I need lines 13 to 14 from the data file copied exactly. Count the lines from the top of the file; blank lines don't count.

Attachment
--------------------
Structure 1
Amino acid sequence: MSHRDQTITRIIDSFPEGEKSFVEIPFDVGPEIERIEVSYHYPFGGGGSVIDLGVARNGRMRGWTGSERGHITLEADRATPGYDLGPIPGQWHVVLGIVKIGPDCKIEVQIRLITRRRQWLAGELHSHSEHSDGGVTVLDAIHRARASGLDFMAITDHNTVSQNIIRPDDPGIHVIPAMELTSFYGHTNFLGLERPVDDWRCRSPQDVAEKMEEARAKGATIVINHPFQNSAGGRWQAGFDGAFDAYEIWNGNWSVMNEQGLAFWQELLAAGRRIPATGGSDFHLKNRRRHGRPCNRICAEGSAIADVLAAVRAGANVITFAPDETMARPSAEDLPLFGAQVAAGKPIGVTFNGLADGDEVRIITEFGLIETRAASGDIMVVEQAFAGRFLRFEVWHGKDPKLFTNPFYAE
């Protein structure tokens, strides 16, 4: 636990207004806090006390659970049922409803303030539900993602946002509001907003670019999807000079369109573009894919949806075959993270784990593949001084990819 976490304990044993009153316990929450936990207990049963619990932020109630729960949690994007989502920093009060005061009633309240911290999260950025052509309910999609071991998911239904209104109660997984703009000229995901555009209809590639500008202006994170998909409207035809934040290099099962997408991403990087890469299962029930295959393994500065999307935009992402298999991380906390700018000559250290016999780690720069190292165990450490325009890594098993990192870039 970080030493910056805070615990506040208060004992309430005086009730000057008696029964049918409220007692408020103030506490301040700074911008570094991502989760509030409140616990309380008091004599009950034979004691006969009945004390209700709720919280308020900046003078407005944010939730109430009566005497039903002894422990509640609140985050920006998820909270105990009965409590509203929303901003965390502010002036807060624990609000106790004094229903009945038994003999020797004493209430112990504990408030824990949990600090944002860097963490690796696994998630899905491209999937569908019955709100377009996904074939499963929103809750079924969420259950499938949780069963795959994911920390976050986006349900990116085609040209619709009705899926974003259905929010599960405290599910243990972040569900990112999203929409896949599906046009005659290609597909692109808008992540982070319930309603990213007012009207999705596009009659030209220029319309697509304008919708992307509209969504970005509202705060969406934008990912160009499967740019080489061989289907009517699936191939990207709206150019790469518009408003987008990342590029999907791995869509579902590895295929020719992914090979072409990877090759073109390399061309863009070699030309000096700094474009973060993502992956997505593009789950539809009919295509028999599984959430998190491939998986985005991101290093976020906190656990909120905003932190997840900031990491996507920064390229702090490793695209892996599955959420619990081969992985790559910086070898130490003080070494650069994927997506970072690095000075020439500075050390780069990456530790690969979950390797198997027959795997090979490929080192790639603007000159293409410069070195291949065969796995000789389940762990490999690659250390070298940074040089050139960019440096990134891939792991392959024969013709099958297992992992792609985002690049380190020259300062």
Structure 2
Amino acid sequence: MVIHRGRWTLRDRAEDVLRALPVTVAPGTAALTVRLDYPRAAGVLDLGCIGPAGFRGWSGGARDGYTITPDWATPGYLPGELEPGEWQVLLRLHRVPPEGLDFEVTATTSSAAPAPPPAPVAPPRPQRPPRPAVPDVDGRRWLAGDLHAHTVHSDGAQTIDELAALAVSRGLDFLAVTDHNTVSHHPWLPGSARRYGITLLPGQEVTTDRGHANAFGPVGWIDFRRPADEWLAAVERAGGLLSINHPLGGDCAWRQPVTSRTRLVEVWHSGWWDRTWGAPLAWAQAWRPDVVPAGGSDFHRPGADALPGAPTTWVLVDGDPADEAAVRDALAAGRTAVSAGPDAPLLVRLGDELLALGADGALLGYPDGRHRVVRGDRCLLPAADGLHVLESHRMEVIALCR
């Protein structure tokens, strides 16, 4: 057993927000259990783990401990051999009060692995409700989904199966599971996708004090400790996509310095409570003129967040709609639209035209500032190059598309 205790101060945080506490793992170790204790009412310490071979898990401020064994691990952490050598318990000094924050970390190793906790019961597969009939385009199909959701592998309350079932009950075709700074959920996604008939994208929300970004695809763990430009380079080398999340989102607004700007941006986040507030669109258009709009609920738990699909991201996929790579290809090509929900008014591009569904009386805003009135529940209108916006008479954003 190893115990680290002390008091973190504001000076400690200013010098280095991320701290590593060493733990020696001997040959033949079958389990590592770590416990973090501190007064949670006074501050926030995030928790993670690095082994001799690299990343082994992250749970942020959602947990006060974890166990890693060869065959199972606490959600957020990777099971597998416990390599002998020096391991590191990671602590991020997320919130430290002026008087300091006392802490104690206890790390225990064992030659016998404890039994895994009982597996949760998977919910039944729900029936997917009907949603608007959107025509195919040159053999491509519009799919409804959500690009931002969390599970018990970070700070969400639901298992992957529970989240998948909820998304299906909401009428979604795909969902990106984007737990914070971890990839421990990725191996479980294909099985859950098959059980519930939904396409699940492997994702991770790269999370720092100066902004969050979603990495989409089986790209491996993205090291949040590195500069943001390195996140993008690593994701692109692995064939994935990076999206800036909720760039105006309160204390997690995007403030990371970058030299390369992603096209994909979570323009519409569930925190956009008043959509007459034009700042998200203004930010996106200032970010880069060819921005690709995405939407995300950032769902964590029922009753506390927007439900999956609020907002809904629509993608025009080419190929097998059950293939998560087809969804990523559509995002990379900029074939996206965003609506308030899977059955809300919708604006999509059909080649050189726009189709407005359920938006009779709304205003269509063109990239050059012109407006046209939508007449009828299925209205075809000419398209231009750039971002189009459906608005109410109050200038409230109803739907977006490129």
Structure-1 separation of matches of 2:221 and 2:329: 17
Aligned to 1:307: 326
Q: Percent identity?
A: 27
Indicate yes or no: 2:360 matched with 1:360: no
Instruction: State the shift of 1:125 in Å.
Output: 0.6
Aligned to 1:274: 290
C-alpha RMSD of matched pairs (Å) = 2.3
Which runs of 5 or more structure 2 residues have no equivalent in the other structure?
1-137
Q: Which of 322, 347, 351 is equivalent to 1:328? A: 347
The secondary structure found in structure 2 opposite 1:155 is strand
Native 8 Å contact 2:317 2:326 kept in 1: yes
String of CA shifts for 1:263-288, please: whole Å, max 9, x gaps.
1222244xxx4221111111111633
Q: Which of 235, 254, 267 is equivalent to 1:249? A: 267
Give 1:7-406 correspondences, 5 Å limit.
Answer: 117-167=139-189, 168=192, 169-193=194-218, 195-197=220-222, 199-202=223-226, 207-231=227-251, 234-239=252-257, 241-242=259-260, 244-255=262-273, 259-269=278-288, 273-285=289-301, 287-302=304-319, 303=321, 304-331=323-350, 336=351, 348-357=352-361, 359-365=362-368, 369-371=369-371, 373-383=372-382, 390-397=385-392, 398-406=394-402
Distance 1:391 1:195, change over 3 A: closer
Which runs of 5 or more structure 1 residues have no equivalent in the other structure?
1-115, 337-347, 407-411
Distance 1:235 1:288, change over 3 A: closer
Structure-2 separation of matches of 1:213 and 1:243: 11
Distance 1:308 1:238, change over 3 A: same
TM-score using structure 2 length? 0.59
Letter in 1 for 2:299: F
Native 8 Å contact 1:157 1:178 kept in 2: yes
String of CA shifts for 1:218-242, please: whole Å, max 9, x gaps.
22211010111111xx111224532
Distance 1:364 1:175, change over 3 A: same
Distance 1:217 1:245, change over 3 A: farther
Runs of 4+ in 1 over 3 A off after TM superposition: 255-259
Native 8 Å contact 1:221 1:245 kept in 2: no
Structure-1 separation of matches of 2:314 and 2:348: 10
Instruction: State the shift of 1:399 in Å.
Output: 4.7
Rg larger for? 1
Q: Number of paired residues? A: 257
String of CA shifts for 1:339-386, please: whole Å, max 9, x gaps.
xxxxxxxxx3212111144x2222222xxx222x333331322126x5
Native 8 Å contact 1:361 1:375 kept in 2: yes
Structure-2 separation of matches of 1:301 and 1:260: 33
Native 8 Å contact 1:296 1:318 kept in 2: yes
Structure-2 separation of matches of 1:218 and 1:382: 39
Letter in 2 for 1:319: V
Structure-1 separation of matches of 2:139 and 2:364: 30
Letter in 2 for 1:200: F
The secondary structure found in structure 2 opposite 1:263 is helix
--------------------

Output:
Output: 0.6
Aligned to 1:274: 290